A vigorous discussion is under way in the Comments section of last week's interview with Donald Miller about his decision to campaign for Barack Obama.
One of the comments is from John Cooper, the youth pastor of Garden Ridge Church of Christ in Lewisville, Texas. After stating his appreciation for Don and Blue Like Jazz, Cooper admitted that he was "perplexed" by Don's decision to "promote the ideas of the American political system." He wrote: "After reading [Shane] Claiborne and [Chris] Haw's Jesus for President, I am not sure how Christ-followers can align ourselves with an empire and a president rather than pledging our allegiance to a King and His kingdom. I plan to vote Jesus for president."
Cooper brings up an important point that deserves more discussion. I am only halfway through Claiborne's "The Irresistible Revolution" and a quarter of the way through "Jesus for President," so I don't feel comfortable laying out this perspective myself. I asked Cooper if we could cross-publish here a post he wrote on his personal blog earlier this month. He graciously agreed.
I'm interested to your hear thoughts.
Cooper's post is below:
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The other day a buddy sent me and a bunch of our friends a link to a website designed to help us determine whether our values most reflect presidential candidates McCain or Obama and, thus, which individual we should voter for on November 4th. I took the test out of curiosity, though I already have made up my mind concerning my vote (more on that later). There were 13 issues raised with quotes from each candidate for each issue. The trick was that the site does not attribute the quotes to either McCain or Obama (you can guess some of them). That way you can make a decision on your values and not the candidate. In complete fence-straddling fashion, 7 of my choices were linked to Obama and the other 6 to McCain. I got a good chuckle out of that.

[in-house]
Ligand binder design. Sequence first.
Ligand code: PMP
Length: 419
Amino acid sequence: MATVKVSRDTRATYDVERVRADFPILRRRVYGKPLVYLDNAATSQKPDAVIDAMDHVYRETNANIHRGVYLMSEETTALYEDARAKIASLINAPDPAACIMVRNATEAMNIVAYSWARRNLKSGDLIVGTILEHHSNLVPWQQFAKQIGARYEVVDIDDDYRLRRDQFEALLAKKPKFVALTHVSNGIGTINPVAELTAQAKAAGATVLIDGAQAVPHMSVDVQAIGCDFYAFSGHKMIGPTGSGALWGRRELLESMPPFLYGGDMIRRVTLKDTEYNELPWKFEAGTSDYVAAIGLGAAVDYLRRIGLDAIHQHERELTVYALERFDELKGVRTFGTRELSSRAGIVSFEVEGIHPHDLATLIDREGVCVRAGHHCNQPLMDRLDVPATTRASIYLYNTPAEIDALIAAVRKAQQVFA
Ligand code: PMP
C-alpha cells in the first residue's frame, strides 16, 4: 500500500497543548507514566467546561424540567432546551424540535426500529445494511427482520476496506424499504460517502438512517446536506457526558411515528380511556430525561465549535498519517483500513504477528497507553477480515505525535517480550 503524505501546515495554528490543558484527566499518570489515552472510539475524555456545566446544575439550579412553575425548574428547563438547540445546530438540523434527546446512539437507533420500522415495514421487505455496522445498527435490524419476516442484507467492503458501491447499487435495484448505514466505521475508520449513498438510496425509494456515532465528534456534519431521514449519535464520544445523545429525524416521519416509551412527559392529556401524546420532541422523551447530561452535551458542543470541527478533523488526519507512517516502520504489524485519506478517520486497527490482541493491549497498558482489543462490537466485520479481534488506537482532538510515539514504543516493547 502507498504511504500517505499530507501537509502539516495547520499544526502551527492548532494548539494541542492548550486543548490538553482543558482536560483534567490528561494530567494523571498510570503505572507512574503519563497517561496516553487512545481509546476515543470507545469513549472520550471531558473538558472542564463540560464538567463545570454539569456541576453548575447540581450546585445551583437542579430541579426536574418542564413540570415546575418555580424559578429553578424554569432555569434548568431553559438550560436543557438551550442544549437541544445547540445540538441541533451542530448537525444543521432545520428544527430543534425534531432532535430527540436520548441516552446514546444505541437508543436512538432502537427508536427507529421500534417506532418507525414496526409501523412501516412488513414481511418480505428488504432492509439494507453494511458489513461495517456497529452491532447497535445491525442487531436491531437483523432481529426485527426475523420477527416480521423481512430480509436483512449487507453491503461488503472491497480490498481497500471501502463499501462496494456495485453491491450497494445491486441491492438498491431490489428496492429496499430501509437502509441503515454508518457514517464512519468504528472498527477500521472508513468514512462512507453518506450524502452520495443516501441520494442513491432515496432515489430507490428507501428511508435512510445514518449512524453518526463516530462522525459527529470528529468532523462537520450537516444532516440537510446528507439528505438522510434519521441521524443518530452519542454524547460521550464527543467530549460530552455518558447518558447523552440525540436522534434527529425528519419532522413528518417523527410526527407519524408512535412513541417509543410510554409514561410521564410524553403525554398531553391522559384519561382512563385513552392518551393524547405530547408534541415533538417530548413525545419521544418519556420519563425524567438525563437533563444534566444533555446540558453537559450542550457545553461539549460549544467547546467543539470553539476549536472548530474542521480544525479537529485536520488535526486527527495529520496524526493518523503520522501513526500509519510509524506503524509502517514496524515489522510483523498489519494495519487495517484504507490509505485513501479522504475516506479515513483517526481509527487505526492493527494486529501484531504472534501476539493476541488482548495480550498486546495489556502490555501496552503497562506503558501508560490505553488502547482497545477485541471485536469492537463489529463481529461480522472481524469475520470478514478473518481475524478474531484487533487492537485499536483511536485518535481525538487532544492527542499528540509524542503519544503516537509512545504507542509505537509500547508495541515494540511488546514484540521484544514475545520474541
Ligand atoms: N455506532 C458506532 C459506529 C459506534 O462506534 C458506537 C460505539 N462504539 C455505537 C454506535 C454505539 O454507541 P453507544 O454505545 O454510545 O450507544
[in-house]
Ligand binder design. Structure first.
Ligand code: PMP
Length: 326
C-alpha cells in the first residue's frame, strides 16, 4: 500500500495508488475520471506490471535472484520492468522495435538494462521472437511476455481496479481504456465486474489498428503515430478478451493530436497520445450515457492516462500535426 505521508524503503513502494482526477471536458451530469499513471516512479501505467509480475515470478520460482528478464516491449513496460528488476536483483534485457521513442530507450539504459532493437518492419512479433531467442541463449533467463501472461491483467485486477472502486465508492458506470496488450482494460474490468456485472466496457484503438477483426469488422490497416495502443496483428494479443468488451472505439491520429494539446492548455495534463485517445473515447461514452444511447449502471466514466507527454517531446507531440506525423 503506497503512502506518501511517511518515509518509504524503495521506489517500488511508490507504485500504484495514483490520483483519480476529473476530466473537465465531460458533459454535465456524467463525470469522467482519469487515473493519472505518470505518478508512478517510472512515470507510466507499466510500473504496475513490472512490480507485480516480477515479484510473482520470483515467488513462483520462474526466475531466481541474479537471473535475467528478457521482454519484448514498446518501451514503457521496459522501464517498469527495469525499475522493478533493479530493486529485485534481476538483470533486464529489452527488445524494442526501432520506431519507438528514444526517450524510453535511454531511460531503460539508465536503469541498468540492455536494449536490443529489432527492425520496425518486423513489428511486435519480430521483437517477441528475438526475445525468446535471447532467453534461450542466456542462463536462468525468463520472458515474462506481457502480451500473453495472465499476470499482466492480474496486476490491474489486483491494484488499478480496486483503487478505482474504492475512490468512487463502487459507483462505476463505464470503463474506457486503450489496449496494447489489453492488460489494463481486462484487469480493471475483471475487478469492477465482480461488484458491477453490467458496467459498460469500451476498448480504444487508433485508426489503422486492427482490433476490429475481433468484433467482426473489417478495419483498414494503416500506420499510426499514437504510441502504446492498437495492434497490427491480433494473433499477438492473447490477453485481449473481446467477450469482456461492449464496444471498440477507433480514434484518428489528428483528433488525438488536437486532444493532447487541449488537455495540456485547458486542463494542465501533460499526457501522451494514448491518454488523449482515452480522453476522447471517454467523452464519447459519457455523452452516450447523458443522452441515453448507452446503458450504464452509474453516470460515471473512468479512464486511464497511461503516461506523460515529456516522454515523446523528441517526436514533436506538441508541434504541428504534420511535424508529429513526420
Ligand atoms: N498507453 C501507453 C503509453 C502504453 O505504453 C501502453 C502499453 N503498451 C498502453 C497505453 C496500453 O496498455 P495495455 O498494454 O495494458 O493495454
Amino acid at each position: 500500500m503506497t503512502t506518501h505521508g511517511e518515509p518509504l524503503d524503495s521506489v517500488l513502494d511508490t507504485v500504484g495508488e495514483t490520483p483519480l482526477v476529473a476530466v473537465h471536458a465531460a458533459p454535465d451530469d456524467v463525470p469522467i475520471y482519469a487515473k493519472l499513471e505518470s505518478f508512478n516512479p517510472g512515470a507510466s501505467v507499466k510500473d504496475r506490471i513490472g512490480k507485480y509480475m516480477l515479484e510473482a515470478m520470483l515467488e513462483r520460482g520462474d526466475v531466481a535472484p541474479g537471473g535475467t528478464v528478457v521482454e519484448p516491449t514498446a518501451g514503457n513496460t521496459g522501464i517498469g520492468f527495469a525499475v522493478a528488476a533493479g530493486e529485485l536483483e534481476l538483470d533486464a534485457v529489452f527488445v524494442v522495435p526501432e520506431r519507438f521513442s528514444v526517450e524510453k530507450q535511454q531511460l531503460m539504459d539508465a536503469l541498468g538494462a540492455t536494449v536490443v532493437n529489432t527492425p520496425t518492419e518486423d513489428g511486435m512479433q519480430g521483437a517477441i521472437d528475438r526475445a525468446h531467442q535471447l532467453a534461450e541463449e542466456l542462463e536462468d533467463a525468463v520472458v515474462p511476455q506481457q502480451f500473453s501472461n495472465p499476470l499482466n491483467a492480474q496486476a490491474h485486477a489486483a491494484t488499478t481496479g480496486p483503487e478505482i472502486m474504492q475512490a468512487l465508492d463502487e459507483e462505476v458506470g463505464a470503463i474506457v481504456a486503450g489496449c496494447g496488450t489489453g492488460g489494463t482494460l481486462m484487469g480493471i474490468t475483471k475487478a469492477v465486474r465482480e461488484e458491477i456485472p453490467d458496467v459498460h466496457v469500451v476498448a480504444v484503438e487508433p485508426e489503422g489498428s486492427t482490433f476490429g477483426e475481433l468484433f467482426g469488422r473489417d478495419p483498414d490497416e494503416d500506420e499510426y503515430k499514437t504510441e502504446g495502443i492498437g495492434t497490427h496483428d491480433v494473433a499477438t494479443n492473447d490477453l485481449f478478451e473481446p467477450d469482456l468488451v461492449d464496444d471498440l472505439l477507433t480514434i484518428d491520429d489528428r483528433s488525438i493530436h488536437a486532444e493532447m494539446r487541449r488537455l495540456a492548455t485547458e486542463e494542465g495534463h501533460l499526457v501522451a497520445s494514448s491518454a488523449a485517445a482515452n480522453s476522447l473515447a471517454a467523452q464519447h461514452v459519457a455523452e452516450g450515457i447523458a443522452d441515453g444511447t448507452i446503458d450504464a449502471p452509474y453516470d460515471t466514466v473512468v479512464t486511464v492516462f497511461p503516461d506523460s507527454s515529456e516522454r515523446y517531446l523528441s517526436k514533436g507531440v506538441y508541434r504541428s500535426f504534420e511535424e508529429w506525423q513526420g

Regardless of those results, I made up my mind this summer after reading a book by Shane Claiborne and Chris Haw (also check out http://www.jesuswantstosavechristians.com/) that I would be voting Jesus for President. What's that? You say He's not on the ballot and instead we should vote for the candidate that most closely reflects the nature and ideals of Christ? Well, that is the sort of thing most of us are taught to do in our families and churches, right? That is why in Christian circles it is often popular to vote along republican party lines (whether or not this party's ideals reflect Jesus or not is another topic)... straight ticket even!
The idealistic goals of electing a Christian president and disseminating Jesus' values from Washington might seem like a worthy effort. However, rather than putting our hope in a political system, a president, and a nation, those of us who follow Jesus should be about doing His will, honoring Him as King, and pledging allegiance to His Kingdom. We must not rely on the government to do the very tasks God has called us to do as His hands and feet.
To quote Shane Claiborne, author of Jesus for President, "What is more important than how we vote on November 4 is how we live on Nov. 3 and Nov. 5." He goes on to say, "We vote every day with our lives... we vote every day with our feet, our hands, our lips, and our wallets. We vote for the poor. We vote for the peacemakers. We vote for the marginalized, the oppressed, the most vulnerable of our society. Ultimate change does not just happen every four years."
So whether we vote for McCain or Obama or write-in Jesus for President, may we be about the things of our Father in Heaven and His Son, our Savior, Jesus of Nazareth. May we follow the slaughtered lamb into acts of humility, service, enemy-love, grace, and peace. May we remember that we were called to be a kingdom of priests, a holy nation, a people set apart and belonging to God; aliens and strangers in this world. May we not grow too comfortable and secure in a false identity as Americans, but reflect our true identity as God's children. May we vote every day for the cause of the orphans, widows, imprisoned, sick, poor, hungry, and the least of Jesus' brothers and sisters; and, as we do so, may we see that we are actually serving our King.